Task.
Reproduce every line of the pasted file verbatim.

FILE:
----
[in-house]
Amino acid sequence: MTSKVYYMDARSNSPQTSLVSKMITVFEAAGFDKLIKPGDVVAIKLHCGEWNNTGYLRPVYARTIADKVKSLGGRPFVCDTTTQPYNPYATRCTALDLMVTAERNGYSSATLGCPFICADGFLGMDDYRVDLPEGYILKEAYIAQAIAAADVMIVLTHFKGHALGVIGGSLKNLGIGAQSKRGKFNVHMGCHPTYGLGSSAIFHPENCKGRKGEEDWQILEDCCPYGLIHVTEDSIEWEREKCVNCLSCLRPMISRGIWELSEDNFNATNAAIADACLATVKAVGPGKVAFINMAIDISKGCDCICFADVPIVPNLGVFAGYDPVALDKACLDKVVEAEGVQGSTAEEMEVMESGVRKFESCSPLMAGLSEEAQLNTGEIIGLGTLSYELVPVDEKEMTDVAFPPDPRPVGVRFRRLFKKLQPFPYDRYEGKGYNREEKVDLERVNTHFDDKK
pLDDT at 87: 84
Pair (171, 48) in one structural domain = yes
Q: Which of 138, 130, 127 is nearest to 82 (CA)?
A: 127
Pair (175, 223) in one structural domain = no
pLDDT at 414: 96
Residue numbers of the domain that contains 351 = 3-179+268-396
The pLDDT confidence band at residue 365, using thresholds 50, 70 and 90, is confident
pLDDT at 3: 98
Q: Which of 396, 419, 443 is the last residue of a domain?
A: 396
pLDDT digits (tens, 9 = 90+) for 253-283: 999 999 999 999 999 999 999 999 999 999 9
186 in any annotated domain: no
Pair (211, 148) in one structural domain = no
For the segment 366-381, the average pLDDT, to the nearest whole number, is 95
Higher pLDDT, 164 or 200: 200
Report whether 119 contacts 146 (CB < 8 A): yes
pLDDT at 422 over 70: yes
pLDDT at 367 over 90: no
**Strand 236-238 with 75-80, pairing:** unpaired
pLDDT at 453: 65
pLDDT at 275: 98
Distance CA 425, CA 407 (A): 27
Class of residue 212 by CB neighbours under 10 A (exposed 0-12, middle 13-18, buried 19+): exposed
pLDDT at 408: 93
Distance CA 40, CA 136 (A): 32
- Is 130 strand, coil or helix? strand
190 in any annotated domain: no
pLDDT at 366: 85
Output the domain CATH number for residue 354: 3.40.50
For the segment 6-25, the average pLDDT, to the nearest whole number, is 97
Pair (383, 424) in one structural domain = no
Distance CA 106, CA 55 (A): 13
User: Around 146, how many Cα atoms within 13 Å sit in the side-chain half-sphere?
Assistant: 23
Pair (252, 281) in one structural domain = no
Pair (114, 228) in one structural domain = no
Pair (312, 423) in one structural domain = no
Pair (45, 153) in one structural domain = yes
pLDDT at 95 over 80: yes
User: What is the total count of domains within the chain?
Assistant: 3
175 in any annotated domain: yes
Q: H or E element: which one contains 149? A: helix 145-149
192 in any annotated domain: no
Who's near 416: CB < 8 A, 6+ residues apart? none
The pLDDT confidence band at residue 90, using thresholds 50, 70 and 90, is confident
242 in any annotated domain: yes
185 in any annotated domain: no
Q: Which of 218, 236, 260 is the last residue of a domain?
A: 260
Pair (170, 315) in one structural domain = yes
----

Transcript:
[in-house]
Amino acid sequence: MTSKVYYMDARSNSPQTSLVSKMITVFEAAGFDKLIKPGDVVAIKLHCGEWNNTGYLRPVYARTIADKVKSLGGRPFVCDTTTQPYNPYATRCTALDLMVTAERNGYSSATLGCPFICADGFLGMDDYRVDLPEGYILKEAYIAQAIAAADVMIVLTHFKGHALGVIGGSLKNLGIGAQSKRGKFNVHMGCHPTYGLGSSAIFHPENCKGRKGEEDWQILEDCCPYGLIHVTEDSIEWEREKCVNCLSCLRPMISRGIWELSEDNFNATNAAIADACLATVKAVGPGKVAFINMAIDISKGCDCICFADVPIVPNLGVFAGYDPVALDKACLDKVVEAEGVQGSTAEEMEVMESGVRKFESCSPLMAGLSEEAQLNTGEIIGLGTLSYELVPVDEKEMTDVAFPPDPRPVGVRFRRLFKKLQPFPYDRYEGKGYNREEKVDLERVNTHFDDKK
pLDDT at 87: 84
Pair (171, 48) in one structural domain = yes
Q: Which of 138, 130, 127 is nearest to 82 (CA)?
A: 127
Pair (175, 223) in one structural domain = no
pLDDT at 414: 96
Residue numbers of the domain that contains 351 = 3-179+268-396
The pLDDT confidence band at residue 365, using thresholds 50, 70 and 90, is confident
pLDDT at 3: 98
Q: Which of 396, 419, 443 is the last residue of a domain?
A: 396
pLDDT digits (tens, 9 = 90+) for 253-283: 999 999 999 999 999 999 999 999 999 999 9
186 in any annotated domain: no
Pair (211, 148) in one structural domain = no
For the segment 366-381, the average pLDDT, to the nearest whole number, is 95
Higher pLDDT, 164 or 200: 200
Report whether 119 contacts 146 (CB < 8 A): yes
pLDDT at 422 over 70: yes
pLDDT at 367 over 90: no
**Strand 236-238 with 75-80, pairing:** unpaired
pLDDT at 453: 65
pLDDT at 275: 98
Distance CA 425, CA 407 (A): 27
Class of residue 212 by CB neighbours under 10 A (exposed 0-12, middle 13-18, buried 19+): exposed
pLDDT at 408: 93
Distance CA 40, CA 136 (A): 32
- Is 130 strand, coil or helix? strand
190 in any annotated domain: no
pLDDT at 366: 85
Output the domain CATH number for residue 354: 3.40.50
For the segment 6-25, the average pLDDT, to the nearest whole number, is 97
Pair (383, 424) in one structural domain = no
Distance CA 106, CA 55 (A): 13
User: Around 146, how many Cα atoms within 13 Å sit in the side-chain half-sphere?
Assistant: 23
Pair (252, 281) in one structural domain = no
Pair (114, 228) in one structural domain = no
Pair (312, 423) in one structural domain = no
Pair (45, 153) in one structural domain = yes
pLDDT at 95 over 80: yes
User: What is the total count of domains within the chain?
Assistant: 3
175 in any annotated domain: yes
Q: H or E element: which one contains 149? A: helix 145-149
192 in any annotated domain: no
Who's near 416: CB < 8 A, 6+ residues apart? none
The pLDDT confidence band at residue 90, using thresholds 50, 70 and 90, is confident
242 in any annotated domain: yes
185 in any annotated domain: no
Q: Which of 218, 236, 260 is the last residue of a domain?
A: 260
Pair (170, 315) in one structural domain = yes